Over 90 percent of the estimated 30,000 street children in Karachi are addicted to different drugs, a new study has found.
A study by an NGO, working on the issues of street children in the metropolis, revealed that while 74 percent of these addicts are involved in either glue sniffing or hashish, 15 percent consume heroin.
Initiator Human Development Foundation president Rana Asif Habib said that these children then start begging and utilizing other illegal means of income to buy narcotics.
Glue, which is not declared a drug in Pakistan, is easily accessible to anyone, including children. Street children tend to use glue because it is cheaper than the other drugs.
The NGO also found that a large number of children were also taking sleeping pills while 60 percent of them were involved in drinking wine.
"The street children start taking drugs soon after smoking cigarettes, taking chewable tobaccos (Gutka) and sleeping pills. Thus, they shortly incline to glue or solvent sniffing and hashish and gradually become heroin and wine addicts. The survival rate in heroin addicts is very low as compared to other drugs," the Daily Times quoted Habib, as saying.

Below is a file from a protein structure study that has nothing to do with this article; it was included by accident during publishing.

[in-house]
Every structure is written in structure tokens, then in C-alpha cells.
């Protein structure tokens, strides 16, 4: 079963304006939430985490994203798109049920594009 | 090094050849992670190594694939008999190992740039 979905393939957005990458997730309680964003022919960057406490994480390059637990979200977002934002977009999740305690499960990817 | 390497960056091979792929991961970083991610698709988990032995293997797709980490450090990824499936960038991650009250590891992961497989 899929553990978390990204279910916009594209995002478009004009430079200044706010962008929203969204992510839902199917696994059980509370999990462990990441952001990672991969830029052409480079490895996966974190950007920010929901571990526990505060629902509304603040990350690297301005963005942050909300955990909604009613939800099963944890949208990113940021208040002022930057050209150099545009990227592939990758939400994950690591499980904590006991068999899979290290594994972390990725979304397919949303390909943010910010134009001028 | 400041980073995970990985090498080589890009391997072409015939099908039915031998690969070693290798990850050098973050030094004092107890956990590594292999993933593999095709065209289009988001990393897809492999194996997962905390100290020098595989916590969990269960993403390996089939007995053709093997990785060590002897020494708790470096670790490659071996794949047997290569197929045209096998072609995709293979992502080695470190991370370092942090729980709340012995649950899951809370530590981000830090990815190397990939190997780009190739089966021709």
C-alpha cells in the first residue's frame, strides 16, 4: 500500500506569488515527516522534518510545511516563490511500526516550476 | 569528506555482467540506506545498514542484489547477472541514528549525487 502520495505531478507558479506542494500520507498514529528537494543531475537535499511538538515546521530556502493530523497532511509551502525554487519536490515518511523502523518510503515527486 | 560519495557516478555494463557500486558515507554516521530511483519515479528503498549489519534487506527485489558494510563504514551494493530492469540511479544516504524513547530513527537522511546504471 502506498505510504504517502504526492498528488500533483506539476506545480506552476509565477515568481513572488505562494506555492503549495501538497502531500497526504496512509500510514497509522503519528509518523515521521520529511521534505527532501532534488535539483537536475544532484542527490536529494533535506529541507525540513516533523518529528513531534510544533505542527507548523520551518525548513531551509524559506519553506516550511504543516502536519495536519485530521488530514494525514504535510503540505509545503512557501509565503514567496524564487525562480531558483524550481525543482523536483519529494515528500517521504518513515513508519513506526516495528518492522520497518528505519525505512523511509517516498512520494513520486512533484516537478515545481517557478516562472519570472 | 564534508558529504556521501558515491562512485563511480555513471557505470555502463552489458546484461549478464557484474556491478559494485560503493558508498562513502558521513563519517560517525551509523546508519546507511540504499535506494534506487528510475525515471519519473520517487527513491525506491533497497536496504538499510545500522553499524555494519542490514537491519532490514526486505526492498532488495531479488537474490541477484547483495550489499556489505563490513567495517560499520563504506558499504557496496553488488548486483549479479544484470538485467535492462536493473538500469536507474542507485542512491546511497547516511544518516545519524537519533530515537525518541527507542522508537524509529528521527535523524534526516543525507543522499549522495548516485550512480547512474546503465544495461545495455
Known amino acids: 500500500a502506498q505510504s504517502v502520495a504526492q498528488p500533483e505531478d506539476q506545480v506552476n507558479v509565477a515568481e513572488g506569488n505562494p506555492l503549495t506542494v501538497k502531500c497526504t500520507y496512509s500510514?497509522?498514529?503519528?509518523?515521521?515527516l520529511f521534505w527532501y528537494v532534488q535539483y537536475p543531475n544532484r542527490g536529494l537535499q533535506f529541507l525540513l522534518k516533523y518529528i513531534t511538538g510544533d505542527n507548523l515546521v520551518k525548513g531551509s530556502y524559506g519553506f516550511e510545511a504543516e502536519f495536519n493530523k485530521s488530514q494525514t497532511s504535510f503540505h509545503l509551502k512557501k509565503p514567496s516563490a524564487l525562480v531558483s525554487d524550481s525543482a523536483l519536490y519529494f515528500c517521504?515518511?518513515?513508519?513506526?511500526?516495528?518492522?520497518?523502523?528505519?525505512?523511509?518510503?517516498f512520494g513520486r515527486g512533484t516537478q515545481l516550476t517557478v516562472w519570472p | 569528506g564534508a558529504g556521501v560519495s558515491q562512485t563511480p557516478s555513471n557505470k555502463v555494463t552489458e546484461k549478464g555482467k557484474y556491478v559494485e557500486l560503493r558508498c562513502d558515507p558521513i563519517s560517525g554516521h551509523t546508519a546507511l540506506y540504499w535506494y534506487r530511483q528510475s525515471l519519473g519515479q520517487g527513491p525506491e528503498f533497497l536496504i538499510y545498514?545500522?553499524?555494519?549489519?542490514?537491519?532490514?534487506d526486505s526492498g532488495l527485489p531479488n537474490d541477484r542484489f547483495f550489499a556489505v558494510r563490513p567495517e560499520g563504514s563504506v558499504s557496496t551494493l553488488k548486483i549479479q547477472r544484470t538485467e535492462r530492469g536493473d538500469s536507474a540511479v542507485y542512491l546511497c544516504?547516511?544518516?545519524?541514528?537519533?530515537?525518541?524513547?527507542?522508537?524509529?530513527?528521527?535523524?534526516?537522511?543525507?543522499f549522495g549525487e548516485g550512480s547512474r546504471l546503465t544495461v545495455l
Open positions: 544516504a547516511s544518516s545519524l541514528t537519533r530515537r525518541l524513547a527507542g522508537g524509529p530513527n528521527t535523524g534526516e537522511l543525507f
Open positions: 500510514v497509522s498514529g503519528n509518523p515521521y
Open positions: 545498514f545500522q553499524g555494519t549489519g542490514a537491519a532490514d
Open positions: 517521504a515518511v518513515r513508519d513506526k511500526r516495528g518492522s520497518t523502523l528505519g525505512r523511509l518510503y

When asked why these children did not want to return to their homes, he said that the mafia was looking after them and always kept a vigil on them.
So they do not prefer to return as they enjoy a free, luxurious life when compared to their homes where they hardly get meals, he said.
He further said that poverty, domestic violence and violence at schools and seminaries played key roles in making children, aged 6-18, abandon their homes.